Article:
Ratios Re-do and Sprocket Attach Suggestions? - HF 2.5 Trike

Discussion in 'Motorized Trikes' started by Walbird, Apr 25, 2012.

  1. Walbird

    Walbird New Member

    As you will see, I'm really a newb at this and fairly clueless....Please bear w/me;

    Trike engine drive sprocket rebuild :( - Got this 2.5 HF running fair but need to re-do sprocket gears. Could someone please explain what my best bet for gear ratio is on this. It now has a 10T #40 output sprocket at the MaxTorque clutch - goes to a 41T drive wheel sprocket. Doesn't have much power. Speed seems fair, after it gets going, but it takes quite a bit of pedaling to get it going in the first place. I think I'm burning up my clutch. And I'm told that's because my ratio is way off. And, if I'm not going to utilize some sort of jackshaft, I'll need a much larger drive wheel sprocket or I'll will burn up clutch. This is all very new and confusing to me.

    I don't understand ratio's well enough or the jackshaft thing very well either. Is it that a jackshaft allows for a smoother transition of power because of having more sprockets progressively larger, as opposed to simply going from a small output sprocket to large drive wheel sprocket?

    Looks like a big rebuild and re-design if I try to engineer a jackshaft into this...am I right? Can't I just install a bigger drive wheel sprocket? Like a 60T? Please, tell me I can! If my calcs are correct, (probably not), if I go from my existing 10T output sprocket to a 60T sprocket and change from existing 24" wheels, to 20", I get 6.0:1 ratio and at 3600 rpm = about 35mph. Is this right? And will this work? I like the 20" wheel idea for stability. The way it is now w/24", makes for unstable, high center of gravity - but that's a whole other topic...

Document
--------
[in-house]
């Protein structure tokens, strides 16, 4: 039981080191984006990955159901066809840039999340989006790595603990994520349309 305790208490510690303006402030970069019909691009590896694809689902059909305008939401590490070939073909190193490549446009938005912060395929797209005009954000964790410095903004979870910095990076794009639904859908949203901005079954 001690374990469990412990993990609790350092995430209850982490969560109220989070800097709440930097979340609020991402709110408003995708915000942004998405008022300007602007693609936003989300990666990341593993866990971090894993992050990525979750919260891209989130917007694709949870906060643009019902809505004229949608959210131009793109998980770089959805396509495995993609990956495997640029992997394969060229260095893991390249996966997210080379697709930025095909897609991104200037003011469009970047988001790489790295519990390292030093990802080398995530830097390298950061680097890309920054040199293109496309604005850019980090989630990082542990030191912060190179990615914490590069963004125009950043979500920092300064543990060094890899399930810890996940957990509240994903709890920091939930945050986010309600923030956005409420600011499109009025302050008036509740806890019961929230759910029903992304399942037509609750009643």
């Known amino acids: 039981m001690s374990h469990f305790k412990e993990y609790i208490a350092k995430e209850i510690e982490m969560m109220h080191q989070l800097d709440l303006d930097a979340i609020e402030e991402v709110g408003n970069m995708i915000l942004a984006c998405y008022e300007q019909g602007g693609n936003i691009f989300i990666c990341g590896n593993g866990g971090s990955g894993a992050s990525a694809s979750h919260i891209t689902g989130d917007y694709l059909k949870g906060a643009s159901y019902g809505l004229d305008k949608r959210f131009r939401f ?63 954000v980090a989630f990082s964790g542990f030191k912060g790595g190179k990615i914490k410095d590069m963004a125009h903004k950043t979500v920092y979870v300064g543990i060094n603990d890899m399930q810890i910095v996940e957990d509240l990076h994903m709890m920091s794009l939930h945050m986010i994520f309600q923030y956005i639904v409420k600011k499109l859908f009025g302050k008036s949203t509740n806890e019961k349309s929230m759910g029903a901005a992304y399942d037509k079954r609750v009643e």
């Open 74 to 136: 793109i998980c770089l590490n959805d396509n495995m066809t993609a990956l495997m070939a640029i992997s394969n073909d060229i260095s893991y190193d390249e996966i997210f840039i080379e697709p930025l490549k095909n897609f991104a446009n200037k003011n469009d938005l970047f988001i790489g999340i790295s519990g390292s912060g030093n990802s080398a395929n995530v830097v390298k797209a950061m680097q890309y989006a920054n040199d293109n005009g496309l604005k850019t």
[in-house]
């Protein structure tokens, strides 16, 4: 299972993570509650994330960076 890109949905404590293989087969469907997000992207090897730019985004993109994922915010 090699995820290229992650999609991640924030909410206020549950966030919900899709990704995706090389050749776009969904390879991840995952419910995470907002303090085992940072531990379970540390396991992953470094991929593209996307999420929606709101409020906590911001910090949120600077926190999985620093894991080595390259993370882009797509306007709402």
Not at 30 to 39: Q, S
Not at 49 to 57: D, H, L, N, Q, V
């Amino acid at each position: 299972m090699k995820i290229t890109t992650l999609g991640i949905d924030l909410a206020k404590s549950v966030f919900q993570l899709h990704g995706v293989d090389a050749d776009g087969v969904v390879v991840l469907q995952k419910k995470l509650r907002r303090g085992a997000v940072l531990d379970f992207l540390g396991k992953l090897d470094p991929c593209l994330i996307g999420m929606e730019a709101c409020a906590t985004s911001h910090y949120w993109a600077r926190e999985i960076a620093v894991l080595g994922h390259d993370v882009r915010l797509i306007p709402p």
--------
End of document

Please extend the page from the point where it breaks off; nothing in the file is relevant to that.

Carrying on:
If so, how should I attach it (new, big sprocket) to the drive wheel. Whoever attached the 40T that's on there now, didn't do it right, I don't think. Everything in that area is screwed up - bent, spokes and the sprocket wobbles too. It's a mess. Hope pics help explain. I need to order parts but not sure where to start. I really don't want to start tearing this thing apart until I'm more confident in what I'll find and what I'll need.

    I've seen, like a sprocket kit for attaching drive-wheel sprocket to rear bicycle rear wheel (see atached jpg). But is there something similar for attaching a large 60T sprocket in this (trike) case?...and staying with the engine mounting as is?